Recent research indicates that certain students are at risk of lower levels of academic performance in online settings when compared to peers who study only in the classroom. Community college students have been a population of particular concern. In this paper, we hypothesize that online course load and institutional quality may impact outcomes for such students at risk for lower levels of degree attainment. Using comprehensive data from the 30 community colleges (n=45,557) of the State University of New York (SUNY), we conducted a state-wide study to examine whether there is a "tipping point" at which online course load becomes problematic for community college learners seeking to attain a degree through a mix of online and face-to-face coursework. We also test the conjecture that some institutions may excel at supporting online learner success among more at risk populations who choose online study. Results indicate that community college students who take more than 40% of their courses online begin to lose the benefits of enhanced degree completion conferred through a mix of online and face-to-face enrollment. Moderating variables are also identified and discussed.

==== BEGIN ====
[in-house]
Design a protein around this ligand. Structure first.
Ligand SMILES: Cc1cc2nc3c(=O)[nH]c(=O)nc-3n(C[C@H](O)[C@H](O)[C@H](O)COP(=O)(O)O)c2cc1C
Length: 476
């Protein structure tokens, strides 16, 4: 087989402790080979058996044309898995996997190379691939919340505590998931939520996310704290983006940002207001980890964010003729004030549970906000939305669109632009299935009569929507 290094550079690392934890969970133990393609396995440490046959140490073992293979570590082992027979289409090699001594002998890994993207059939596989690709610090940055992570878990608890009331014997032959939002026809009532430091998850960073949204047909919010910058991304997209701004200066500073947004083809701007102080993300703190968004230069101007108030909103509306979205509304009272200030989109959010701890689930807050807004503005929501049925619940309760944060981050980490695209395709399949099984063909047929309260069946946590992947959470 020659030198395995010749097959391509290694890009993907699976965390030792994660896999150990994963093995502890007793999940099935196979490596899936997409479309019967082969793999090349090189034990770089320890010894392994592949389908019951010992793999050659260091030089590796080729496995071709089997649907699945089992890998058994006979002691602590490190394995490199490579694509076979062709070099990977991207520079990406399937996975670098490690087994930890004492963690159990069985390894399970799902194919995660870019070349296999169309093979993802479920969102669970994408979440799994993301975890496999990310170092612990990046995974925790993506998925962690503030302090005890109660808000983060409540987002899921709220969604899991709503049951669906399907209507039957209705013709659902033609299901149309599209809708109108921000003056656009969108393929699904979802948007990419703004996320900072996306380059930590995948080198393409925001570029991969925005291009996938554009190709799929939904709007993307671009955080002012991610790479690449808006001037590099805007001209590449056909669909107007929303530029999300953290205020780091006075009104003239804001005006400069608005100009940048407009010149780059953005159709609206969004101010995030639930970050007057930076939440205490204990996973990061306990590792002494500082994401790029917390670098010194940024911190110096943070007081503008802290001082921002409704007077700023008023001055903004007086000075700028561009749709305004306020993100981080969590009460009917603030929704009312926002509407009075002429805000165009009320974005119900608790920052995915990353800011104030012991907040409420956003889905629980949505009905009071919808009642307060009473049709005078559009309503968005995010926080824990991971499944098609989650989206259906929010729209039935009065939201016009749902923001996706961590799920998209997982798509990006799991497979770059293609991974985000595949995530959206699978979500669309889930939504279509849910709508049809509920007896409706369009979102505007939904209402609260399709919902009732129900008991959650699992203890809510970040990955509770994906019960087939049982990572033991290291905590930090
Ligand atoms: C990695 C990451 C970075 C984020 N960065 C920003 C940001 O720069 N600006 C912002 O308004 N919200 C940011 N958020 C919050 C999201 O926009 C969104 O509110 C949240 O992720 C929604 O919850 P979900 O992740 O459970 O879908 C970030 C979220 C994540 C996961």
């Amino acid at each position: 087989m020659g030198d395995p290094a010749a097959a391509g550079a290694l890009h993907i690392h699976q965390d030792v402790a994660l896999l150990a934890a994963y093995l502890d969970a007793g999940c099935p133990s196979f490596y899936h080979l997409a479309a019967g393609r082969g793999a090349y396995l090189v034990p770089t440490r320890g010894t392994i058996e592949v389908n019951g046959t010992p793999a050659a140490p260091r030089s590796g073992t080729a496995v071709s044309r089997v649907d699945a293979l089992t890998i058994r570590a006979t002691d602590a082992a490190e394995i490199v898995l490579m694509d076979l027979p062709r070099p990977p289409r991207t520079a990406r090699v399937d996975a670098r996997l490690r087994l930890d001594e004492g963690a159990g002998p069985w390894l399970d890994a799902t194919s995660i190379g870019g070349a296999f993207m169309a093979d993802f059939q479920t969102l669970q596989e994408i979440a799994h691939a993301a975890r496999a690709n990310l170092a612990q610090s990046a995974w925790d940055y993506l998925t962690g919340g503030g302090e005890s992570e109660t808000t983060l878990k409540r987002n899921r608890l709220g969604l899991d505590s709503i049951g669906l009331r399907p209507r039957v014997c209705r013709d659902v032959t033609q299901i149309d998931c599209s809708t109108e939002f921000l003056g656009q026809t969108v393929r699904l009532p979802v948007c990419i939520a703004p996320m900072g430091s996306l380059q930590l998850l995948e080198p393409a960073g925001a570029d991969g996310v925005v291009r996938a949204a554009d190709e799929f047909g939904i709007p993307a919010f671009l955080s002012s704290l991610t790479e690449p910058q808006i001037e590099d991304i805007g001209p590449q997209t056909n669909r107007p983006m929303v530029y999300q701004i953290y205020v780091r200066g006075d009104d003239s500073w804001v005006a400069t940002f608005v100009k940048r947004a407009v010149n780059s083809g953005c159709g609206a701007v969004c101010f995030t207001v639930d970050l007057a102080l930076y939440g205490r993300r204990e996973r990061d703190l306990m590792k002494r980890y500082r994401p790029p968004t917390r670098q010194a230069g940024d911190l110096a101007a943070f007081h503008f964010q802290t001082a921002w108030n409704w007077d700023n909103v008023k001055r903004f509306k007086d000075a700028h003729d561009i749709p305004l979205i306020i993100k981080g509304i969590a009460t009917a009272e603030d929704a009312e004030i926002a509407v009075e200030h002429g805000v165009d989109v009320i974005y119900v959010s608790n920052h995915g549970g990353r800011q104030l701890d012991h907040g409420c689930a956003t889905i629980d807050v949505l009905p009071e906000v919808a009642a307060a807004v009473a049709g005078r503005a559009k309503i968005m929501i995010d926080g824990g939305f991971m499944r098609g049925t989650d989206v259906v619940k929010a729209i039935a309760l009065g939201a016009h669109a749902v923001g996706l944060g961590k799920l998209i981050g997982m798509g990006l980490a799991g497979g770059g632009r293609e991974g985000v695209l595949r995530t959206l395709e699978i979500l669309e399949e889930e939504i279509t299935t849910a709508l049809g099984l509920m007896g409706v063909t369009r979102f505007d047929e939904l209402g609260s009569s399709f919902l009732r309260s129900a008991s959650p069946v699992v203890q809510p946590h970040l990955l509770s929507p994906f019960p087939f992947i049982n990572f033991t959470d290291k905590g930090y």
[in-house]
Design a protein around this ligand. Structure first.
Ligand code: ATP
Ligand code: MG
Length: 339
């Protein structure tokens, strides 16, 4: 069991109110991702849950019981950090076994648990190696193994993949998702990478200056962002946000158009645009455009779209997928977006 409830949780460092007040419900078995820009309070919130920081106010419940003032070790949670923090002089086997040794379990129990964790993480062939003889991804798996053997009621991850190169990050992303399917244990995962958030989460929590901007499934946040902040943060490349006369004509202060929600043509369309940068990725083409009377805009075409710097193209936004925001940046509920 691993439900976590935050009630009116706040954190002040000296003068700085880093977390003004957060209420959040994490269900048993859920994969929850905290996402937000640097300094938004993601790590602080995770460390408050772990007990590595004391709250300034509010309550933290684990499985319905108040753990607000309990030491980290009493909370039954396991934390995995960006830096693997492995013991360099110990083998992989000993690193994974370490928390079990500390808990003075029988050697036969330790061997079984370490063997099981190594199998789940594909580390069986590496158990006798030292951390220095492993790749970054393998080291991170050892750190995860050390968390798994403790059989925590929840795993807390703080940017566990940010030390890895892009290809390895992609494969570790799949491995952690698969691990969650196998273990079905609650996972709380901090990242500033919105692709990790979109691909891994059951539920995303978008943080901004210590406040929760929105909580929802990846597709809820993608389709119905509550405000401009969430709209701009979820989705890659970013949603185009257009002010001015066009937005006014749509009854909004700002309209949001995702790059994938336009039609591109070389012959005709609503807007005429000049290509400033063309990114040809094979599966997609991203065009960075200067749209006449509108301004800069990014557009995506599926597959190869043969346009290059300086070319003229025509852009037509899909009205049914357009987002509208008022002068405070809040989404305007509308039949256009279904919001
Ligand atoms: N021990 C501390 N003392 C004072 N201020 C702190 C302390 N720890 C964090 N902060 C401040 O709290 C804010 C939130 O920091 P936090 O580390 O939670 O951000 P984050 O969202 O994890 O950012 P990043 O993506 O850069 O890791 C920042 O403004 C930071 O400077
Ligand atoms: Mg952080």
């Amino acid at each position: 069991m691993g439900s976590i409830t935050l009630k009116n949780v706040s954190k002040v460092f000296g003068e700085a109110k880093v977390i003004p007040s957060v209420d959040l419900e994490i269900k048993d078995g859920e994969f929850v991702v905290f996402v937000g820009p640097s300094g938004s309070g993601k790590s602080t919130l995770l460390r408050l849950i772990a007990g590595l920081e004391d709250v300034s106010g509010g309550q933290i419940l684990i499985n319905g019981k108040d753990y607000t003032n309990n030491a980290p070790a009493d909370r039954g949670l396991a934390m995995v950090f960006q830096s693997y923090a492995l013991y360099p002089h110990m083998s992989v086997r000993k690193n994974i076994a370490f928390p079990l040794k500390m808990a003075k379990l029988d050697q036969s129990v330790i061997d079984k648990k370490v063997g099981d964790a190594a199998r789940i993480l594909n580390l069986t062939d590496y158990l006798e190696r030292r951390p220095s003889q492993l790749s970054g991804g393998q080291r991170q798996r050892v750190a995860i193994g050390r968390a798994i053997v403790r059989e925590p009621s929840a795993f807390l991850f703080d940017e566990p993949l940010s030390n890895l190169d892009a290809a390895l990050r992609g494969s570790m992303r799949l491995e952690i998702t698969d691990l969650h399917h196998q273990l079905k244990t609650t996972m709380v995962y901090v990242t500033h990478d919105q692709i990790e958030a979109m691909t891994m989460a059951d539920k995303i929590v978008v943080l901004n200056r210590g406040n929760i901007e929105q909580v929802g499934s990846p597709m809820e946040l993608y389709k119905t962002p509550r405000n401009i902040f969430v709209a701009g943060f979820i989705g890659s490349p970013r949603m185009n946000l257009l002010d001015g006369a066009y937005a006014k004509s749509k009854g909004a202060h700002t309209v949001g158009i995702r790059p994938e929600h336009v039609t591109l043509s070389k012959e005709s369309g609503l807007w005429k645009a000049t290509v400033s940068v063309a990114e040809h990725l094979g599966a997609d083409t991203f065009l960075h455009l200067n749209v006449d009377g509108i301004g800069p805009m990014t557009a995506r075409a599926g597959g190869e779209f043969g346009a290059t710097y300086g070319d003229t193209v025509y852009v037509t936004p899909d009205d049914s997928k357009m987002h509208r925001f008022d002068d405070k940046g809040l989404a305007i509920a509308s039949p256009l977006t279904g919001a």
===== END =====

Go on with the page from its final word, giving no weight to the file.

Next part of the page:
Shea, Peter and Bidjerano, Temi, "Online Course Enrollment in Community College and Degree Completion: The Tipping Point" (2018). Educational Theory and Practice Faculty Scholarship. 20.